Yesterday, the Village Voice City Pages published an article debunking the Women’s Funding Network (WFN) sex trafficking study that played such a pivotal role in the shutdown of Craigslist’s Adult Services section last fall and was cited by some of the biggest newspapers in the country.
The article exposed the WFN study as bogus and faulty, lending credence to something that sex workers and sex worker advocates have been saying for years: oft-cited stats about unrealistically high numbers of women and children being trafficked into the sex industry tend to have serious flaws. At best they paint an inadequate and victim-focused picture of the industry, and at worst they manufacture shame, fear, and sensationalism for private gain. Both of which seem to have happened in this case.
As the Voice reports, Deborah Richardson, the chief program officer of the Women’s Funding Network, testified in Congress back in September of 2010 by saying the following:
“An independent tracking study released today by the Women’s Funding Network shows that over the past six months, the number of underage girls trafficked online has risen exponentially in three diverse states,” Richardson claimed. “Michigan: a 39.2 percent increase; New York: a 20.7 percent increase; and Minnesota: a staggering 64.7 percent increase.”
Turns out, there’s very little science behind these numbers, instead they’re simply based on looking at photos on the Internet and counting those who appeared “young-looking.”
The Voice interviews a couple of experts in the field who confirm that the study is fundamentally flawed. The whole article is really an amazing read and an excellent piece of investigative journalism, and I highly recommend that you read the whole thing. But perhaps some of the most incredible parts are the ones with quotes from reps of WFN themselves, who make it blatantly obvious that they knew what they were doing, and used fake data to deliberately deceive the media– and Congress– to get publicity and fundraise.
“We pitch it the way we think you’re going to read it and pick up on it,” says Kaffie McCullough, the director of Atlanta-based anti-prostitution group A Future Not a Past. “If we give it to you with all the words and the stuff that is actually accurate—I mean, I’ve tried to do that with our PR firm, and they say, ‘They won’t read that much.‘”
And another passage demonstrating mind-blowing irresponsibility:
“We’re the first to tell you, this is not a precise count of the number of girls being prostituted,” Schapiro said. “We make no bones about that.”
Of course, a precise count of the number of girls being prostituted is exactly what the statistics are being presented as in the media, in press releases, and in Schapiro’s own study. When this is pointed out, Schapiro reverses herself.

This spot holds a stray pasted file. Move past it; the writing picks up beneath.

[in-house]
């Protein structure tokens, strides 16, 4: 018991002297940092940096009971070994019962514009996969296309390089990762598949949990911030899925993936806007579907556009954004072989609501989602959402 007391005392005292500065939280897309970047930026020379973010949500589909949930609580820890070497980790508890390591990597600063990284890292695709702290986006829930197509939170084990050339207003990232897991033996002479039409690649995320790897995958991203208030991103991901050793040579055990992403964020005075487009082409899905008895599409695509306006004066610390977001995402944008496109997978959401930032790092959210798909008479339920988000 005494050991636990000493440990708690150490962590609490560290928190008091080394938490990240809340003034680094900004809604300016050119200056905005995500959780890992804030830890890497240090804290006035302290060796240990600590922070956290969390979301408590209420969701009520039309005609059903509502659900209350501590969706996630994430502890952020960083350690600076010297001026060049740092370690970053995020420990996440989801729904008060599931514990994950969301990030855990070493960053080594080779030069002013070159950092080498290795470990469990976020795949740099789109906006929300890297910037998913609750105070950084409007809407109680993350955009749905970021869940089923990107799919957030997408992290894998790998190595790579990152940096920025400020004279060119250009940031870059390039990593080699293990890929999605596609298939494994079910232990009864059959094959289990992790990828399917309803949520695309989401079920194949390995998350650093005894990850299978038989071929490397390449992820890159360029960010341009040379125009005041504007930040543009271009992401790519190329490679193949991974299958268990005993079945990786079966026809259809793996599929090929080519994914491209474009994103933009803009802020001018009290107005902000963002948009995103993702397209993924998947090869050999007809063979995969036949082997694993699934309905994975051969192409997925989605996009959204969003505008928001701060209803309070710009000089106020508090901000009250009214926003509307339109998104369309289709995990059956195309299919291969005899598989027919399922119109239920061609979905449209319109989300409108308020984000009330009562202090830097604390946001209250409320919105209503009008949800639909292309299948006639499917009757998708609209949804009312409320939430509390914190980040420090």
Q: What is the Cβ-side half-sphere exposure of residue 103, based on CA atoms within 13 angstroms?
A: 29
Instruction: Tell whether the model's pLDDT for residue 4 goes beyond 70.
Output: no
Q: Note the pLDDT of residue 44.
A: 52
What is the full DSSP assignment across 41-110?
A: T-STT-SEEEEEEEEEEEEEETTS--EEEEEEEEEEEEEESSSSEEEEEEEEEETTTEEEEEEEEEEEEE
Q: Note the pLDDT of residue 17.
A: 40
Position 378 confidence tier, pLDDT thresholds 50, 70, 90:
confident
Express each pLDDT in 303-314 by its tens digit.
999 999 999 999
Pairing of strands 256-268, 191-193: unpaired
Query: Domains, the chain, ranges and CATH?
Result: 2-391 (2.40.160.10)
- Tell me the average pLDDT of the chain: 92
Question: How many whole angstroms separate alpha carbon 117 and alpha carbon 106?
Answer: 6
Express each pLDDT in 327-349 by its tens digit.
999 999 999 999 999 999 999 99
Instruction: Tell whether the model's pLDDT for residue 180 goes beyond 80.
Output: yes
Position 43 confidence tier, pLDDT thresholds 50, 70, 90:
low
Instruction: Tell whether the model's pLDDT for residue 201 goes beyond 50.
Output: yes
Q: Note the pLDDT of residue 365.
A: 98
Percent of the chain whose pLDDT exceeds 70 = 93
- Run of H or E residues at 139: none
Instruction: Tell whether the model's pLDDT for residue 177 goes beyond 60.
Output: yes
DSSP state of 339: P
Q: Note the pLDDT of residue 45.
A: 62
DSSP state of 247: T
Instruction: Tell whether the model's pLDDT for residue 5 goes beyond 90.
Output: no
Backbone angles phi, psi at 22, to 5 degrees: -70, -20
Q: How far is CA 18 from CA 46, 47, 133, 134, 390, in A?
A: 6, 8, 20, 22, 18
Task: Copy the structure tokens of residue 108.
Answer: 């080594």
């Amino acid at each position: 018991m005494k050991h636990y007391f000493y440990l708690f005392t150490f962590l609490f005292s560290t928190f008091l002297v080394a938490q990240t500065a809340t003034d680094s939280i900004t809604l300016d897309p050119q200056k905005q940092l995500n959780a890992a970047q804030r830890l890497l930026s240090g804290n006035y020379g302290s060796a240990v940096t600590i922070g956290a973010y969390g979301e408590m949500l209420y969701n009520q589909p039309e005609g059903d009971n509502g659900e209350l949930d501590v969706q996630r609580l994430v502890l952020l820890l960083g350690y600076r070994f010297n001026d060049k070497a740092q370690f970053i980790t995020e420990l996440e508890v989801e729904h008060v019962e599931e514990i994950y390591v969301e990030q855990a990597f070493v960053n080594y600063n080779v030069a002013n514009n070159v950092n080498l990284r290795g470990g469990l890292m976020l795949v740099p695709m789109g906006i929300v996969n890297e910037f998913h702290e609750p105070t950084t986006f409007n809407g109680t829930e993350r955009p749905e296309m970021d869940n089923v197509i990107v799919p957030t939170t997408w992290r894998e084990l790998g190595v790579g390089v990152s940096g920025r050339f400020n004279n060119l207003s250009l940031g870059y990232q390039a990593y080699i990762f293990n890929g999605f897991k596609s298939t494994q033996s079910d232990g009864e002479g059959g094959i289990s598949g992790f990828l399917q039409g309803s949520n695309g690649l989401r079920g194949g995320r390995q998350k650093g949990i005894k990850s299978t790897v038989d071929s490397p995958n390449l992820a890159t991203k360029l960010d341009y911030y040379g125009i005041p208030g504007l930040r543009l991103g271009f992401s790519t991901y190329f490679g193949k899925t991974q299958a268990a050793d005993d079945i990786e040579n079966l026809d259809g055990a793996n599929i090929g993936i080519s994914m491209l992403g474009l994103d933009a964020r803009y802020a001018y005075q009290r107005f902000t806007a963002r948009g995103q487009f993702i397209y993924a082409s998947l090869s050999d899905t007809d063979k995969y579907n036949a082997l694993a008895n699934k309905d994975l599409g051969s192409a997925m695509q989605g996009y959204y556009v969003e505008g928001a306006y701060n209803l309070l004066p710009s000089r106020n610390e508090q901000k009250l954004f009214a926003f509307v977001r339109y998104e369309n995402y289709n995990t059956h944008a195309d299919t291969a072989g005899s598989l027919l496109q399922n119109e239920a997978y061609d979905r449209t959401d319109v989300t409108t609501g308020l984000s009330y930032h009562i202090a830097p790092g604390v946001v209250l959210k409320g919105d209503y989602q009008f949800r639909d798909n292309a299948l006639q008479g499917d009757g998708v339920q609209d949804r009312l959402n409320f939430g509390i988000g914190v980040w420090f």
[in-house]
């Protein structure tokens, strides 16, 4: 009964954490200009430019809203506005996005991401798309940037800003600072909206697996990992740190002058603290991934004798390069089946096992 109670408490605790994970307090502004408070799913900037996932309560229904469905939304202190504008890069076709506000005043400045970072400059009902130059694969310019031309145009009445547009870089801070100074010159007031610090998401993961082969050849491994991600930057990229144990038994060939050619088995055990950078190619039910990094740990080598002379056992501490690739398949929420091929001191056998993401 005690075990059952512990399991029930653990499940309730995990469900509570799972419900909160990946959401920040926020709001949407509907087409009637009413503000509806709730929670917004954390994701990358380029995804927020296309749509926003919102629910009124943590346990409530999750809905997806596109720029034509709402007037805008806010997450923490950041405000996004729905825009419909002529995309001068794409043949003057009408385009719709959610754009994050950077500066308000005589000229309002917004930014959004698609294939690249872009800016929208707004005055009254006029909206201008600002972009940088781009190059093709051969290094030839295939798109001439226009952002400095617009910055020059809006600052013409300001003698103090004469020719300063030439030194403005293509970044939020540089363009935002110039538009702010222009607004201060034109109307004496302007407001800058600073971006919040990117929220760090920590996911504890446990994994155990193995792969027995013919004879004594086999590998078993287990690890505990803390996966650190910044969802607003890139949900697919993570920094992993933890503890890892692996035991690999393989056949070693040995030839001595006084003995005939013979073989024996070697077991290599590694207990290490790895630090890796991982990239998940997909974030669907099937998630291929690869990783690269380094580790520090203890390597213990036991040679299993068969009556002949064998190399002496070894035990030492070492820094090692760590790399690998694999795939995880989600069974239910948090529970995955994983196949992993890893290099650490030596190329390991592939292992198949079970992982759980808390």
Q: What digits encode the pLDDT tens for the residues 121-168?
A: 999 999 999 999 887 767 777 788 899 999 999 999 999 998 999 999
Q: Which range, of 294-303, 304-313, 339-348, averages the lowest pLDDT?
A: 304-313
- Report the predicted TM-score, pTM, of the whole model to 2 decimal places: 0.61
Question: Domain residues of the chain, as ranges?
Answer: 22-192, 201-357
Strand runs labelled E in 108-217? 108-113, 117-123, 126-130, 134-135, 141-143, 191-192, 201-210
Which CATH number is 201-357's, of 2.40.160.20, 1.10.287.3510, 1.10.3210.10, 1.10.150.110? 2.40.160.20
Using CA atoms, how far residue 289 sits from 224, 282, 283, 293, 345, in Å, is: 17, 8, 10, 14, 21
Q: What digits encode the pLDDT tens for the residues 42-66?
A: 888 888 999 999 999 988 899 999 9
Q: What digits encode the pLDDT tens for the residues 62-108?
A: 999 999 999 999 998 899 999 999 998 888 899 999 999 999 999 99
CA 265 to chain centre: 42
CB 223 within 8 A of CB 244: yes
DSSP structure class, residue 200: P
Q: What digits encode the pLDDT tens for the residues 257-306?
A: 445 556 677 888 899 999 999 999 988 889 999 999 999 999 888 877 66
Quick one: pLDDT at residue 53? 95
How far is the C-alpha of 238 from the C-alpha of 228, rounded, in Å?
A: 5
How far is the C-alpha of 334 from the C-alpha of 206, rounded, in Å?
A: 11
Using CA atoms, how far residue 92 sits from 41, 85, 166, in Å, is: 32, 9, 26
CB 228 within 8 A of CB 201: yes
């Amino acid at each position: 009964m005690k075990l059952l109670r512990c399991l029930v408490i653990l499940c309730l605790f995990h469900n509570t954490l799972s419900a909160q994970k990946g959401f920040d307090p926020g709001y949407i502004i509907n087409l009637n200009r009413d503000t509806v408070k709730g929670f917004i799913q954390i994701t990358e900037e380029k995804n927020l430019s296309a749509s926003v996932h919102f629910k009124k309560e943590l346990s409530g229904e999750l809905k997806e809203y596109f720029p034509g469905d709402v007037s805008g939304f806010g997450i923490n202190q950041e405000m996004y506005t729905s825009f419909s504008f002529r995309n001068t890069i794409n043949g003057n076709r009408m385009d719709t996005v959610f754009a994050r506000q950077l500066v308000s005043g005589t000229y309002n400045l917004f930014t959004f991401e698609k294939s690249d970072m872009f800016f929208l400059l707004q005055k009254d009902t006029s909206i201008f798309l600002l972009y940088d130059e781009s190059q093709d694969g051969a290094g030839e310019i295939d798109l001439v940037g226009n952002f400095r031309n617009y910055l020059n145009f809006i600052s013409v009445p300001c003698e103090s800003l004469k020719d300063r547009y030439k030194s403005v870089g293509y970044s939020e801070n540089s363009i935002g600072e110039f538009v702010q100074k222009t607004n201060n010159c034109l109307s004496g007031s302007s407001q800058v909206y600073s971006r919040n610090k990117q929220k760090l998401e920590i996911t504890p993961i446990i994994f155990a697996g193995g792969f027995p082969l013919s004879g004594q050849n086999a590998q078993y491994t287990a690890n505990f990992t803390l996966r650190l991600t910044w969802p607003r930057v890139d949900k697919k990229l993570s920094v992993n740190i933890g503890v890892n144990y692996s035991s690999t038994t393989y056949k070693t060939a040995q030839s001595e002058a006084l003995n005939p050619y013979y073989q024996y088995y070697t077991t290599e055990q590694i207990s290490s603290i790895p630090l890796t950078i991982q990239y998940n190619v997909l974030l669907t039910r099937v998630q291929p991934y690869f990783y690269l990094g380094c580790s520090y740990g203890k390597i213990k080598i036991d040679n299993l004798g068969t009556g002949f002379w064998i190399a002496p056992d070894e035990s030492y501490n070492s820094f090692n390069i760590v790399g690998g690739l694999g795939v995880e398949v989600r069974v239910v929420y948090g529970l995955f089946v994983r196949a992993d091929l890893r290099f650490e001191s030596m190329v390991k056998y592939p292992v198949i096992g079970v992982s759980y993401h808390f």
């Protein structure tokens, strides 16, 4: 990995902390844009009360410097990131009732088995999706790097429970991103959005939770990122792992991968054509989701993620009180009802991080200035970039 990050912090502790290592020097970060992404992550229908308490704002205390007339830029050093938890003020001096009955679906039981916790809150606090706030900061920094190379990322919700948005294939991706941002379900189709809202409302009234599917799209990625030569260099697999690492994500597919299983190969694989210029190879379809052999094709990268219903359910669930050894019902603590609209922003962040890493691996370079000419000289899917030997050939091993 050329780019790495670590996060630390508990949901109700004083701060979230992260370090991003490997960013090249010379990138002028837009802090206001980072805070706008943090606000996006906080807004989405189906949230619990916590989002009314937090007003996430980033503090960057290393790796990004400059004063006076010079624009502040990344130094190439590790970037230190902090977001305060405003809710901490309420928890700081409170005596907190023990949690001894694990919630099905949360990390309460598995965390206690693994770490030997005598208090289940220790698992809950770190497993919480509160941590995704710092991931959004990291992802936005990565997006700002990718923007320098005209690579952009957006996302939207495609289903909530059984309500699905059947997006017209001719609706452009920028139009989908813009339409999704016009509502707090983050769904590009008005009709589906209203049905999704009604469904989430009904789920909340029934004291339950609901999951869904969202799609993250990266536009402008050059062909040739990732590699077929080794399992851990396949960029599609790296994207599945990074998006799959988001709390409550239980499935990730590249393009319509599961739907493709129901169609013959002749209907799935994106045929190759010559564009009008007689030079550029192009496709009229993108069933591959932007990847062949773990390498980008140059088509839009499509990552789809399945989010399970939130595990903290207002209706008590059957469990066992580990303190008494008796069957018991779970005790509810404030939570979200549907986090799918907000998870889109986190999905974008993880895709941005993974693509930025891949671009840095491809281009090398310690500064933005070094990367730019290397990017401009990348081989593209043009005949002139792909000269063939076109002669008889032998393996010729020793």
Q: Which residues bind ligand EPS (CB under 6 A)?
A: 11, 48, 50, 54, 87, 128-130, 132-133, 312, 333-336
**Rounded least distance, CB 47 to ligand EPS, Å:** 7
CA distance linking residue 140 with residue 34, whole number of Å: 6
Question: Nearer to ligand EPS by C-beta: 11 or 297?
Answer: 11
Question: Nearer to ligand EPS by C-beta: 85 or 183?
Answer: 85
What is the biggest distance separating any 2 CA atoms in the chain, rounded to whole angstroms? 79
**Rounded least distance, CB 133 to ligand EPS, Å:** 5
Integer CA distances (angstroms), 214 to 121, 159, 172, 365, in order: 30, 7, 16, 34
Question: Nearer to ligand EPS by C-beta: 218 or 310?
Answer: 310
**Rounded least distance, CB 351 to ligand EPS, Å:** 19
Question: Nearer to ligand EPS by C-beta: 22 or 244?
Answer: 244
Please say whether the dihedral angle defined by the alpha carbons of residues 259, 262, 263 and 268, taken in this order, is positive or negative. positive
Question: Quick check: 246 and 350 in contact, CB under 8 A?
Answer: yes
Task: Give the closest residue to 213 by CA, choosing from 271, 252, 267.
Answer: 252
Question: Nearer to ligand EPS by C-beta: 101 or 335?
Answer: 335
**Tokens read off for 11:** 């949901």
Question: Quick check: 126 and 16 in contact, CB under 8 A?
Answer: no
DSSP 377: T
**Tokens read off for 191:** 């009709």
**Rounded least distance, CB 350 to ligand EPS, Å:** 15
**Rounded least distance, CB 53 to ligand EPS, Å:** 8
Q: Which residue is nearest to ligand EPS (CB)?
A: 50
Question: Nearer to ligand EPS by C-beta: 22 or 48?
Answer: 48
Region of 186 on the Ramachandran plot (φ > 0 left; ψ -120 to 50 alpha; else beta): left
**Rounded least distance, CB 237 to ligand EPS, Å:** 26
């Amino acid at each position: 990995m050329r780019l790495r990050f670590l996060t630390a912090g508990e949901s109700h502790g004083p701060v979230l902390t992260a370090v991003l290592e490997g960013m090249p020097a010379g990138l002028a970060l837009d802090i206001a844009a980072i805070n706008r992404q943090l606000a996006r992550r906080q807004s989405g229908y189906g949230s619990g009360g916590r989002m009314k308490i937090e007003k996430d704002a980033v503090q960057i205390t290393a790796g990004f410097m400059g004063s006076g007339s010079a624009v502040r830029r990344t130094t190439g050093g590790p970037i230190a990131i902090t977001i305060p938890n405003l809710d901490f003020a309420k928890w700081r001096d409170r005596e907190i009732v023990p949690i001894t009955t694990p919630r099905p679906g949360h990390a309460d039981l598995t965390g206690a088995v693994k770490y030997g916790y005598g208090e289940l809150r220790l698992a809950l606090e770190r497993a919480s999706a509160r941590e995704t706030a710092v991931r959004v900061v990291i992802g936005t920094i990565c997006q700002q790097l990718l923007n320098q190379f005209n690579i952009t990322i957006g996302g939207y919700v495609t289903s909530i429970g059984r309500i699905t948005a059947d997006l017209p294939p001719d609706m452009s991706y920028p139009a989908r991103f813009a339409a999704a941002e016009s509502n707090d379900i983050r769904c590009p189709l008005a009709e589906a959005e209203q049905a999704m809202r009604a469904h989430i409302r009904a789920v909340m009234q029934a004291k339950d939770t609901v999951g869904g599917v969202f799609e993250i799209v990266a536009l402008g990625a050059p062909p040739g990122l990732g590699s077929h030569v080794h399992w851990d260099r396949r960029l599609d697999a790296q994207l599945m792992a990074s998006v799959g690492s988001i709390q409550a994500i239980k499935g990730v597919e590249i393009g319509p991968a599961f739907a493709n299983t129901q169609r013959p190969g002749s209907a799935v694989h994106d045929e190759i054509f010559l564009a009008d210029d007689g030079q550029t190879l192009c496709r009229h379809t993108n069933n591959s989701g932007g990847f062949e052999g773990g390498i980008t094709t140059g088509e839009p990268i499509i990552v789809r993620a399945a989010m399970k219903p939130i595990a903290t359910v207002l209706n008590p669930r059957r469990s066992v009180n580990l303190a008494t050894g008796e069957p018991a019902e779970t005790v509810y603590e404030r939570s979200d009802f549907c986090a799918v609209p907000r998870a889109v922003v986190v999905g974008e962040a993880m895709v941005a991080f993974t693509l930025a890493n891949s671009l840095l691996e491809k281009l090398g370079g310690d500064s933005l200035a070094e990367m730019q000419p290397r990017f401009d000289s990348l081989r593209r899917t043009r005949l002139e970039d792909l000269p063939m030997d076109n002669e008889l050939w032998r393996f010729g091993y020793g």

“Well, yes, these are specific numbers,” Schapiro backpedals. “And yes, they are hard numbers, and they are numbers that we stand completely behind.”
The Village Voice has certainly done an excellent job of exposing the inconsistencies in gathering this data around sex work, and examining the media’s spreading of the false findings. But Audacia Ray, advocate and colleague of mine at IWHC, gives some context to the articles findings, pointing out that sex workers have been loudly questioning research like that of the WFN for years:
“We’re seeing more and more statistics being thrown around about the trafficking of women and children – the regular scares about trafficking and large sports events, using the same stats over and over are a good example. Sex workers as well as people who work in solidarity with sex workers, including academic researchers, have been loudly questioning these statistics for years. Yet our viewpoints are regularly dismissed and undermined. I’m glad to see this article, and I hope it makes some waves in the funding and anti-trafficking communities, but it’s frustrating that it is necessary for white male researchers to do this criticism before it is deemed valid.”
Whether the debunking of this study will have tangible ramifications for Craiglist Adult Services, or the sex worker community at large, has yet to be determined. But in the meantime, it’s a sobering reminder that sensationalism and scare tactics have no place in feminist activism.
For more accurate information on sex work today, check out the Global Network of Sex Work Projects, which hosts a monthly storytelling series and weekly podcast.
And New York-based folks are encouraged to come out to The Red Umbrella Diaries, a monthly series where people who have worked in the sex trade gather to share stories and document their experiences.
*Update: The Schapiro Group has responded to the Village Voice article. I don’t personally think their statement changes anything- they even admit they’re doing “educated guesswork”. But you can read the full response here and decide for yourself.